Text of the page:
Monday, December 21, 2015

Photo Essay: Behold, the Museum of Neon Art

It's been a long time, waiting for the Museum of Neon Art to reopen.



For me, it's been a lifetime.



You see, the museum closed its original location in Downtown LA just a few months after I moved to LA...



...before I really knew what it was or had the chance to visit.



And now, it's about time for it to reopen!



Thanks to the museum's Neon Cruise and my own self-guided safaris, I've gotten to know the noble gas art expressions of LA...



...but it's really something to see preserved pieces of pop culture...



...as well as some new works.



In addition to the front display on the wall of the gift shop, the main gallery in the back is also in somewhat of a soft open stage...



...with a group exhibit of neon and kinetic art called "Illuminations!"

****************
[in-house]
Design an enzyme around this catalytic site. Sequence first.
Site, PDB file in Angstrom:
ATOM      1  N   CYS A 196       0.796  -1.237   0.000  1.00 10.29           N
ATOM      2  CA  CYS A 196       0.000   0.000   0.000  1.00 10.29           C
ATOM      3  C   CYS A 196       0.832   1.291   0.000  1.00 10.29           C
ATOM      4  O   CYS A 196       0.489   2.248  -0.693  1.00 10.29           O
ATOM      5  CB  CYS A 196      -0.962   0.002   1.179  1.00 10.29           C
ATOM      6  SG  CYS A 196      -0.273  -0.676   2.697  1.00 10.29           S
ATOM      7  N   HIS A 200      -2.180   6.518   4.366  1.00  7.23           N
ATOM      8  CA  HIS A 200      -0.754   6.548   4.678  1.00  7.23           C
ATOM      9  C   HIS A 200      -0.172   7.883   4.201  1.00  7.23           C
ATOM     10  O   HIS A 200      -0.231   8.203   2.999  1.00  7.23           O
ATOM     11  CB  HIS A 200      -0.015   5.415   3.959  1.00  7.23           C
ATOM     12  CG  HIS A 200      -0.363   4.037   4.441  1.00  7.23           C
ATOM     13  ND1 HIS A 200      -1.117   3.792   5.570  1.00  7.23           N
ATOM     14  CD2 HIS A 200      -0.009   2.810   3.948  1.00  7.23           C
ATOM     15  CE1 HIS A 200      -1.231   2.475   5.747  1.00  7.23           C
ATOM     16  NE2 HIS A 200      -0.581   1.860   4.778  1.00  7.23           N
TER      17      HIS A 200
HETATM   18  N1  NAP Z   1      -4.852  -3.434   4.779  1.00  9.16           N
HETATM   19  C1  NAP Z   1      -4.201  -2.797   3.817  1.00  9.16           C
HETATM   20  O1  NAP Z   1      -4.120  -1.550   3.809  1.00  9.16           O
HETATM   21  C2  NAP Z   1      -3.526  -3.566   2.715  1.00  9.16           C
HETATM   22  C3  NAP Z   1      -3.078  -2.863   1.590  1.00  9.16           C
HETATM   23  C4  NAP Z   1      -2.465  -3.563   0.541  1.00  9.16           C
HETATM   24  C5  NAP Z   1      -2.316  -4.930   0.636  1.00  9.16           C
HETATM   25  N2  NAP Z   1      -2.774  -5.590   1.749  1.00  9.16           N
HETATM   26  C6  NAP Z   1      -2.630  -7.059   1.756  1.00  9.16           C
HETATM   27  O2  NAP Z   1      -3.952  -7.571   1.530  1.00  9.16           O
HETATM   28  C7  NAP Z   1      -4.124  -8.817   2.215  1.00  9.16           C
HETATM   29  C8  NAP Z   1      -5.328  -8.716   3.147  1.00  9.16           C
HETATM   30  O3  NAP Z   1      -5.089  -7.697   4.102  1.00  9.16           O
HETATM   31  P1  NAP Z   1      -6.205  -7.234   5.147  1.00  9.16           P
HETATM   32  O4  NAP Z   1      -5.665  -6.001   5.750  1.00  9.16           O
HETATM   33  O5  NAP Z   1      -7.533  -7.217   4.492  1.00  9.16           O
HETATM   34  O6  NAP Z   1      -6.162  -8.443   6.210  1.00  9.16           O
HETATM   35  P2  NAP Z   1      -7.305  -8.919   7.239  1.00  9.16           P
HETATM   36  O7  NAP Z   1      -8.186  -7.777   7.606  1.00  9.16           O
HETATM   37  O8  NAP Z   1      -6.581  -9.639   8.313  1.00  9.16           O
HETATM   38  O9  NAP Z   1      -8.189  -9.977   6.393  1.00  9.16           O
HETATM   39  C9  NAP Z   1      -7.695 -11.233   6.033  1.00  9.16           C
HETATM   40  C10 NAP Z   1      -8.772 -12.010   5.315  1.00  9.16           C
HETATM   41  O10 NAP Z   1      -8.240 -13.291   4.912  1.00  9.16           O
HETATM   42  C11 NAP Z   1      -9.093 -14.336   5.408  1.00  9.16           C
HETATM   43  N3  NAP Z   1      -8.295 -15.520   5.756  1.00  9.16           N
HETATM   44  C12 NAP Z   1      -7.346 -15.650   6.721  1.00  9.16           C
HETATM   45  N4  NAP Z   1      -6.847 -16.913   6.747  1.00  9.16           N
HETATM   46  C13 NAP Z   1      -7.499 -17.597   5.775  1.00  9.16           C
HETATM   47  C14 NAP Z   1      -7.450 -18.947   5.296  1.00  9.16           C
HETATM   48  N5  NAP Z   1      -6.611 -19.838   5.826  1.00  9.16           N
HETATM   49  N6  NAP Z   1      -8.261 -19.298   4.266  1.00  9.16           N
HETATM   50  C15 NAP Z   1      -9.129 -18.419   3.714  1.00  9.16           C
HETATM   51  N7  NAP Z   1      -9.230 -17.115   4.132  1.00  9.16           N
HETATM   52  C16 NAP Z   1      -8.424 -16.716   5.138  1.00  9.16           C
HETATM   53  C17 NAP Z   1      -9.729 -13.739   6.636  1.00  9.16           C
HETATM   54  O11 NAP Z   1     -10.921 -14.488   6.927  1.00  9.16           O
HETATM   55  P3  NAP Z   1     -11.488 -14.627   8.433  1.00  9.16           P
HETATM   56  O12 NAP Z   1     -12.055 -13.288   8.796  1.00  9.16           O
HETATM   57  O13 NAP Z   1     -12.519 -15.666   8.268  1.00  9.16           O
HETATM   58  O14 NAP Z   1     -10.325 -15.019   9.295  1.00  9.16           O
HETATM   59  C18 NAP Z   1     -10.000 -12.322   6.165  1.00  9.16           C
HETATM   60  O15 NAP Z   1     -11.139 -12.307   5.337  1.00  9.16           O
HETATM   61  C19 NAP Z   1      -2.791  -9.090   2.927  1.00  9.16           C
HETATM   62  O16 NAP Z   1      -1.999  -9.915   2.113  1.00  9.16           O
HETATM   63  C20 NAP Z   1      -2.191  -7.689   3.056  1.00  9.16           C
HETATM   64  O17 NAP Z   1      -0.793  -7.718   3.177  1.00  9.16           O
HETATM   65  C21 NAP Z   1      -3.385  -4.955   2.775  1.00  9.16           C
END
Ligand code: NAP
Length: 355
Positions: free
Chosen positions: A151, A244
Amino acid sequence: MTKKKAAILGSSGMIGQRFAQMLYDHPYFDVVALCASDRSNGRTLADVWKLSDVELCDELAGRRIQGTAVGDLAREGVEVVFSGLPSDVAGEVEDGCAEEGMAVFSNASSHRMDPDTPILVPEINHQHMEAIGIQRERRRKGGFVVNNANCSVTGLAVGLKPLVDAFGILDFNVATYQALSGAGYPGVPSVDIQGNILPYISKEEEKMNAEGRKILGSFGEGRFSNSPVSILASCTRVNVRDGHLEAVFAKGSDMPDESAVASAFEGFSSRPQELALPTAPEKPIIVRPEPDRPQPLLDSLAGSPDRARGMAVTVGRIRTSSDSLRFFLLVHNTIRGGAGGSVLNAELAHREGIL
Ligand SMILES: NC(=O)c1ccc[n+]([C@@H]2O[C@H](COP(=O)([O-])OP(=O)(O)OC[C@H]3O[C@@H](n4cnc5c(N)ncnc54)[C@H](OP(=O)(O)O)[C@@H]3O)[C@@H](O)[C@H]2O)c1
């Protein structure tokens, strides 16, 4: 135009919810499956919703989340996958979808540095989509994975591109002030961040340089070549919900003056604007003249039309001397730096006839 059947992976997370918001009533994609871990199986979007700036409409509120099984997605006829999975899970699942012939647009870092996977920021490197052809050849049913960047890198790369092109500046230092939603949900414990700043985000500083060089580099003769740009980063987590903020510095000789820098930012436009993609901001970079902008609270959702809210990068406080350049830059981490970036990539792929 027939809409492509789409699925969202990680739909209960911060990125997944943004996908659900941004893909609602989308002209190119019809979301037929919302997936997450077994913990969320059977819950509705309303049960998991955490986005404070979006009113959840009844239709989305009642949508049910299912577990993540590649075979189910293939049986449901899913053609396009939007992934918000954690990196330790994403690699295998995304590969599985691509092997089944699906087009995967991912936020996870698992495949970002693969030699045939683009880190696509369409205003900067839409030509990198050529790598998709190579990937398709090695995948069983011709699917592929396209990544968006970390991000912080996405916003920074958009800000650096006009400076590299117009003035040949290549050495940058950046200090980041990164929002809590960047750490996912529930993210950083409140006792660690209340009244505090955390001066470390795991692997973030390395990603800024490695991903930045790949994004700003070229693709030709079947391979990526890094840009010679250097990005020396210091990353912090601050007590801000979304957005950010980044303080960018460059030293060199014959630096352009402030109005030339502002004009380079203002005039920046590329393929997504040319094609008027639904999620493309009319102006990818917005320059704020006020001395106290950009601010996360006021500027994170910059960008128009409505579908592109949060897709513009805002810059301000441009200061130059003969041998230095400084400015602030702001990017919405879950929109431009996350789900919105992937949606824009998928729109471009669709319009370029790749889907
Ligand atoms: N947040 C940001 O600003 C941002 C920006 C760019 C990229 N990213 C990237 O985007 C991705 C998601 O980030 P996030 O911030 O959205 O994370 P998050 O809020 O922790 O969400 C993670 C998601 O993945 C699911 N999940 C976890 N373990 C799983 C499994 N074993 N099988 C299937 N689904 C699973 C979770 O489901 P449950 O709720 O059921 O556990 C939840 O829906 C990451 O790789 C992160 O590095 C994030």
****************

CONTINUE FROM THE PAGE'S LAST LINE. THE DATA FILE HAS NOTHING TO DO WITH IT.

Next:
The museum's permanent collection must still be tucked away in storage.



So this is a great opportunity to look at neon not through the lens of nostalgia, but with a gaze towards contemporary art...



...and expression with color and light.



Neon is an art that moves—whether it's the turning on-and-off of basic animations, or the noble gasses moving around inside luminous tubes.



This exhibit also includes some works that deal with plasma light, like glass artist Ed Kirschner's "Tower of Chaos" and "Plasma Rising"...



...which are both mesmerizing and electrifying.



Inside the Museum of Neon Art, it could be day or night...



...any day or any night.




After staring at Lisa Schulte's "The Conversation" wall installation for awhile...



...reading the sideward faces...



...you might stumble out into the daylight, wondering what day it is...and where all the colors have gone.

I wonder if they would let me sleep over.

I always sleep better with a light left on.

Related Posts:
Photo Essay: The Neon of LA, and Its One Darkened Dragon
Photo Essay: The Collection of the Museum of Neon Art, In Storage
Photo Essay: Neon Boneyard At Night
Photo Essay: The Treasures of an LA Tourist Trap, Universal Studios